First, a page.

Methods

Study area

There is a long history of diversified cropping patterns due to the climatic and topographic complexity in China4. Cropping intensity increases from north to south, and multiple cropping dominates in regions south of 400N4. For example, multiple cropping systems of double rice and winter wheat plus maize are popular in the Middle-lower Yangtze river plain and the Huang-Huai-Hai plain, respectively (Fig. 1)22. Three staple crops, maize, paddy rice, and wheat, are widely distributed across the country (Figure S1). These three major crops contributed to more than half (57.08%) of the total sown area in China in 2020 (http://www.stats.gov.cn/english/).

Fig. 1
figure 1

The distribution map of cropping patterns in 2021, 9 agricultural regions and validation sites in China. Notes: A to I represented nine agricultural regions in China. (A) Middle-lower Yangtze River Plain; (B) Huang-Huai-Hai plain; (C) Northeast China; (D) Inner Mongolia and along the Great Wall; (E) Loess plateau; (F) Southwest China; (G) Southern China; (H) Gansu-Xinjiang region; (I) Qinghai-Tibet region.

MODIS images and pre-processing

We used the 500 m 8-day composite Moderate Resolution Imaging Spectroradiometer (MODIS) surface reflectance products (MOD09A1) from 2015 to 2021. Three spectral indices were calculated: the 2-band Enhanced Vegetation Index (EVI2)23, LSWI16, and Normalized Multi-band Drought Index (NMDI)24 (Fig. 2). The functions of EVI2, LSWI, and NMDI are provided in Eqs. 13 as follows.

$${\rm{EVI2}}=2.5\times \left({\rho }_{NIR}-{\rho }_{{\rm{Red}}}\right)/\left({\rho }_{NIR}+2.4\times {\rho }_{{\rm{Red}}}+1\right)$$
(1)
$${\rm{LSWI}}=\left({\rho }_{NIR}-{\rho }_{SWIR6}\right)/\left({\rho }_{NIR}+{\rho }_{SWIR6}\right)$$
(2)
$$NMDI=\frac{{\rho }_{NIR}-\left({\rho }_{SWIR6}-{\rho }_{SWIR7}\right)}{{\rho }_{NIR}+\left({\rho }_{SWIR6}-{\rho }_{SWIR7}\right)}$$
(3)

where, ρNIR, ρRed, ρSWIR6 and ρSWIR7 represented the surface reflectance values from the red (620–670 nm), Near-infrared (841–875 nm), short wave infrared band centered at 1640 nm (1628–1652 nm) and 2130 nm (2105–2155 nm), respectively.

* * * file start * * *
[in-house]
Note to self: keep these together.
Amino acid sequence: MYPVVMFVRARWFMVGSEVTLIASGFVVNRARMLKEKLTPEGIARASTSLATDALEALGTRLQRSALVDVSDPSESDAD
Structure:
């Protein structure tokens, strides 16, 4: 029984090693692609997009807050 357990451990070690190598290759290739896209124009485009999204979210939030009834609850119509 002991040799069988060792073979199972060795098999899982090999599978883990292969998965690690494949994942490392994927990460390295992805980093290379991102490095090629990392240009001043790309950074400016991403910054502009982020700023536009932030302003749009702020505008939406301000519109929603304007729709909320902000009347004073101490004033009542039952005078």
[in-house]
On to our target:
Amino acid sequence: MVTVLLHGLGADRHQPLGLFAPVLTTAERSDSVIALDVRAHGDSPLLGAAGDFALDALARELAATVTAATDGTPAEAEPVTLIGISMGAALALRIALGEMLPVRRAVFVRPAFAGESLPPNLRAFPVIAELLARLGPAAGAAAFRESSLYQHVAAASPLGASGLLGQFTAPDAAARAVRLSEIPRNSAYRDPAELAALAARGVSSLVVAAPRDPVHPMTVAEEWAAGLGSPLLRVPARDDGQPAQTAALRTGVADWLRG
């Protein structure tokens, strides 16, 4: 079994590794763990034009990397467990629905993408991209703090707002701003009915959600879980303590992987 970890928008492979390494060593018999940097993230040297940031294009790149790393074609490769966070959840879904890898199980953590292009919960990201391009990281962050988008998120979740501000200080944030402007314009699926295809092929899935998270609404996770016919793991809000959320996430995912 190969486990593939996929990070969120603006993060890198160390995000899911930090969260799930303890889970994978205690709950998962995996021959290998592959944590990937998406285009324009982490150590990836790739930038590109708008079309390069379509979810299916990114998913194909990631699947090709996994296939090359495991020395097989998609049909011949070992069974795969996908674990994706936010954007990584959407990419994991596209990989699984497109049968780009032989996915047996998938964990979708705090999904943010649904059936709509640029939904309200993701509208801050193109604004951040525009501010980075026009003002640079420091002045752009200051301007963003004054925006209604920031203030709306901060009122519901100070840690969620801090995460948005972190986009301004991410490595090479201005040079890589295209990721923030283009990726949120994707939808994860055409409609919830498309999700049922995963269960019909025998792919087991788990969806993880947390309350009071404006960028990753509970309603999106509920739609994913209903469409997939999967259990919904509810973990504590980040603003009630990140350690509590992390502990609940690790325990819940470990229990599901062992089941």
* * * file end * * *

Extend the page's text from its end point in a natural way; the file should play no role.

Fig. 2
figure 2

The workflow of the methodology: Data preprocessing, deriving cropping intensity, mapping three staple crops and obtaining annual maps of cropping patterns in China.

For each spectral index (EVI2, LSWI, and NMDI), a daily continuous time series was developed based on the cloud-free observations using the Whittaker Smoother (WS)25. The WS smoother performed well in multiple cropping regions and therefore was applied here26.

Validation data and other datasets

The validation data in this study included the ground truth reference data and agricultural census data. The ground truth reference data were collected in major agricultural regions with GPS receivers and digital cameras during the study period (2015–2021) (Fig. 1, Table S1). For each sampling site, the geographic location and crop types were recorded. The reliability of ground survey data was improved through visual confirmation based on high-resolution images in Google Earth. Some reference sites with small field sizes were removed to considering the mixed-pixel problems of MODIS images. Finally, we obtained a total of 18,379 ground samples collected during 2015–2021 (Table S1). All the ground truth reference data were used to validate the cropping pattern data in its corresponding year. Agricultural census data were obtained from the National Statistical Bureau of China (NSBC) (http://www.stats.gov.cn/english/), which was collected through sampling statistics. The crop calendar data from agro-meteorological stations recorded the sowing, seedling, tillering, heading, and harvesting dates of winter wheat (210 sites) or spring wheat (90 sites). The calendar data were applied to establish the trend surfaces of key phenological stages of winter wheat and spring wheat, respectively. The crop calendar data were provided by the National Meteorological Information Center, China Meteorological Administration.

The cropland distribution data were derived from the 30 m GlobeLand30 global land cover data in 202027. The total accuracy of GlobeLand30 in 2020 is 85.72%, and the Kappa coefficient is 0.82 (www.globallandcover.com). To correspond to MODIS images, the 30 m cropland pixels from GlobeLand30 data were spatially aggregated to a 500 m cropland fraction map. For simplification, we classified pixel purity of MODIS pixels into three groups: cropland percentages of >90%, 50–90%, and <50% were labeled as pure, moderate mixed, and seriously mixed pixels, respectively. MODIS pixels with very small cropland fraction (i. e. <30%) were not accounted. The pure, moderate mixed and seriously mixed groups occupied 39%, 42%, and 19% of MODIS pixels in China, respectively (Figure S2).

Overview of the cropping pattern mapping approach